You need vocabulary to talk about books and newspapers and other media. There is a great range to choose from here. Some of the topic vocabulary I use in this essay is:
If at all possible you do not want to repeat the vocabulary from the question too much. Here are some options for you for “opinion” and “outdated”.
mz September 10, 2012 at 5:33 pm #
Nowadays. with the advances in technology people are increasingly looking for other sources of information apart from newspapers and books. Although, there are grounds to argue that newspapers and books are now outdated, i believe that this traditional sources still have got an essential role to play in our life.
On the one hand, there some convincing reasons why people think that newspapers and books are now have become outdated. Perhaps the main one is the availability of the internet and the easy access to different tv channels from different part of the world. By watching news on the tv or surfing the internet there are more opportunity to visualize events on other side of the word as they happening and it enable people to judge on general things more better. For example, it is easier to understand the personality of a politician by watching his body language as he speak rather than reading about him from a newspaper or a book.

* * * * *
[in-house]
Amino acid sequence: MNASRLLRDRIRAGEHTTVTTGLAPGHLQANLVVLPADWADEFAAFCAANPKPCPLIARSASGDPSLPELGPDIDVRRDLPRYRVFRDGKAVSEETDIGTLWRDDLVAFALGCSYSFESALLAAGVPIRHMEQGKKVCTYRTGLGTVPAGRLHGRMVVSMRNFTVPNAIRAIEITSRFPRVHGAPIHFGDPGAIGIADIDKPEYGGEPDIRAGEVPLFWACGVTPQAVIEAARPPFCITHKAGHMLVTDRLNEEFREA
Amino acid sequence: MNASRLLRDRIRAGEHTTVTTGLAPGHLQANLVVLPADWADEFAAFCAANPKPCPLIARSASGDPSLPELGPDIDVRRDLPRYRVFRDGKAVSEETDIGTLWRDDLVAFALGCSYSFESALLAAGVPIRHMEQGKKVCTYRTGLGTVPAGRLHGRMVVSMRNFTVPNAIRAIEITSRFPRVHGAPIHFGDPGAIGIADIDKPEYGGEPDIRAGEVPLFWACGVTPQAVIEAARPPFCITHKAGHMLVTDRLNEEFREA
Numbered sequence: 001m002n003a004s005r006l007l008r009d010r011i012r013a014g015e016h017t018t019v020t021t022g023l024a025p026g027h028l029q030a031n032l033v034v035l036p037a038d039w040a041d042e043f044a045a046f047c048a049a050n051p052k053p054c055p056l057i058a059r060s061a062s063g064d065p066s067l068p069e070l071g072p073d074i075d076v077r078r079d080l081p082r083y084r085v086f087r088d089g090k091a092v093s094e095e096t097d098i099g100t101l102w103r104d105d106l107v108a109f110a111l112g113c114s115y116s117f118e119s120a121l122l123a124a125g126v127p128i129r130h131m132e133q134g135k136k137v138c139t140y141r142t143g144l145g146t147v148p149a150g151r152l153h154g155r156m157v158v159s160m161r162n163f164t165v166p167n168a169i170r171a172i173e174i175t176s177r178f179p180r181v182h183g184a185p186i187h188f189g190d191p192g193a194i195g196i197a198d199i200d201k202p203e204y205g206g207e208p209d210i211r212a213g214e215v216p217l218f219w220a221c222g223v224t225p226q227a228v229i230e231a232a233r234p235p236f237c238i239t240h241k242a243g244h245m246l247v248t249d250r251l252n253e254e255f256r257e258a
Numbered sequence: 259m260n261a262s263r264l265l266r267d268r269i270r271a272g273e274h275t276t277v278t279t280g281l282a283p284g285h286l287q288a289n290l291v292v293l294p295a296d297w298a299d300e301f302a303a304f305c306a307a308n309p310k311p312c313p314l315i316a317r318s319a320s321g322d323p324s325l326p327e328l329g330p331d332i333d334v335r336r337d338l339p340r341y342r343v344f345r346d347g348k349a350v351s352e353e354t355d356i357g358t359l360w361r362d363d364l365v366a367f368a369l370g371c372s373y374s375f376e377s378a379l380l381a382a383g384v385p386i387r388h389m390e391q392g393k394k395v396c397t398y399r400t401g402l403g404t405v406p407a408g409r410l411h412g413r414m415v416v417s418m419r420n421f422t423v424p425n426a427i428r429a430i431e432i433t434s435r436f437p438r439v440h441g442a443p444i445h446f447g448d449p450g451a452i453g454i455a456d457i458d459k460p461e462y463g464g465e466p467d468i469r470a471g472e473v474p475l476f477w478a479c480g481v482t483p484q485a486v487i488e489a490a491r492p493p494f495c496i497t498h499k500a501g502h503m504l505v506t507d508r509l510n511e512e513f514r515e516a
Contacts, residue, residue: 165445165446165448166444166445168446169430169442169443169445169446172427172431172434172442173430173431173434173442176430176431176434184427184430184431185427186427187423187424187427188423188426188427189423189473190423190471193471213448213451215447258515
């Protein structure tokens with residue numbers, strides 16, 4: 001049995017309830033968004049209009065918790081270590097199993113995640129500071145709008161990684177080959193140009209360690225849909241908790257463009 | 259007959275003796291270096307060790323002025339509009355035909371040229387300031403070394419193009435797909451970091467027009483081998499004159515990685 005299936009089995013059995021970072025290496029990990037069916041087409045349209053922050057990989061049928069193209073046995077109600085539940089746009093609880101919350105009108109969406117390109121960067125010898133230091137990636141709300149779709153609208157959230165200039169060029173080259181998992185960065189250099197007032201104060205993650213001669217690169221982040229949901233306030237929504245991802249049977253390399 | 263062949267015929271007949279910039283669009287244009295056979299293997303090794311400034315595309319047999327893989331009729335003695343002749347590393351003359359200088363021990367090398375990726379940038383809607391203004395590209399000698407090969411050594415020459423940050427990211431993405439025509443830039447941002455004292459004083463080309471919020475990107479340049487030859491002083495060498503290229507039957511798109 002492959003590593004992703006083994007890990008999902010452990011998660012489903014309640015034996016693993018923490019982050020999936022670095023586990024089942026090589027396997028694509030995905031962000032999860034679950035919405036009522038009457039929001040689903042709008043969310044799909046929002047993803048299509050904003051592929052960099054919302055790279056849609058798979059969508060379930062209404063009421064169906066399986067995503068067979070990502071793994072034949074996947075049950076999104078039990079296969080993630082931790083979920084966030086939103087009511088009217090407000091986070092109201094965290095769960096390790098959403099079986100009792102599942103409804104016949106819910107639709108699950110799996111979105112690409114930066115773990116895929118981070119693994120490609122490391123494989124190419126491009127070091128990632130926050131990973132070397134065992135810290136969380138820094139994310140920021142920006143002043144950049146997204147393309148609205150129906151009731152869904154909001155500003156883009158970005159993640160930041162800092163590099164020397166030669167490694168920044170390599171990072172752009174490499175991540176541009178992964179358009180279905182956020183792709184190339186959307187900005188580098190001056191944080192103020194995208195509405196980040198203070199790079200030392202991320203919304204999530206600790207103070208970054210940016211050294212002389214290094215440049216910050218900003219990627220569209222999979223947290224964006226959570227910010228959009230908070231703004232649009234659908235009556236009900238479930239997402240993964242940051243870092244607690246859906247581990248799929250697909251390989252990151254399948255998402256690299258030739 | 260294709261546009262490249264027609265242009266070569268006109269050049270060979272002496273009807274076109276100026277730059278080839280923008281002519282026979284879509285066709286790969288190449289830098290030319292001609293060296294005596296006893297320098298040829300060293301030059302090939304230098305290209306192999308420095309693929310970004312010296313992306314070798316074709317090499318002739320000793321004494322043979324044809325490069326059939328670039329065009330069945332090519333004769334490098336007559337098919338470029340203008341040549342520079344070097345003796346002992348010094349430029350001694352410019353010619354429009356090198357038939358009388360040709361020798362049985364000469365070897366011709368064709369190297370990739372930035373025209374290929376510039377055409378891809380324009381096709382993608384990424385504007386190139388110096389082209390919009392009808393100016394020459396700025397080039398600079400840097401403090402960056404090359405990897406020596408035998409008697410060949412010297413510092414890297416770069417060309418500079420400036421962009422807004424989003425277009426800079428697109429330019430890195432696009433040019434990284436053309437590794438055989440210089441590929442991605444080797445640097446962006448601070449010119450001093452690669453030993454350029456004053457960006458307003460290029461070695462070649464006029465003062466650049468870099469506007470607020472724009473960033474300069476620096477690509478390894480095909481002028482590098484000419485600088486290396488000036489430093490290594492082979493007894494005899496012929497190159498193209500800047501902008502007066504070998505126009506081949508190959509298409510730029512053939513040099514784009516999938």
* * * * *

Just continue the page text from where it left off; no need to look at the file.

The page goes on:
On the other hand, i would argue that books and news papers are still extremely beneficial for various reasons. Firstly, books are considerably reliable source of information. people tend to refer to books when they want to search a subject in depth, therefore it will still play important role in education. Secondly, although newspapers has not the powerful visual element compared to tv, it still able to communicate up to date information ,and most importantly it is portable, accessible to all people ,and cheaper. For example,many people prefer to buy a newspaper or read from a book while they are travelling or waiting for their flight. Finally.
In conclusion, It is true that books and news papers do not have the strong and attractive visual element which is available in tv and internet,but it is also true that this traditional source of information will continue to serve a great function in education and entertaining.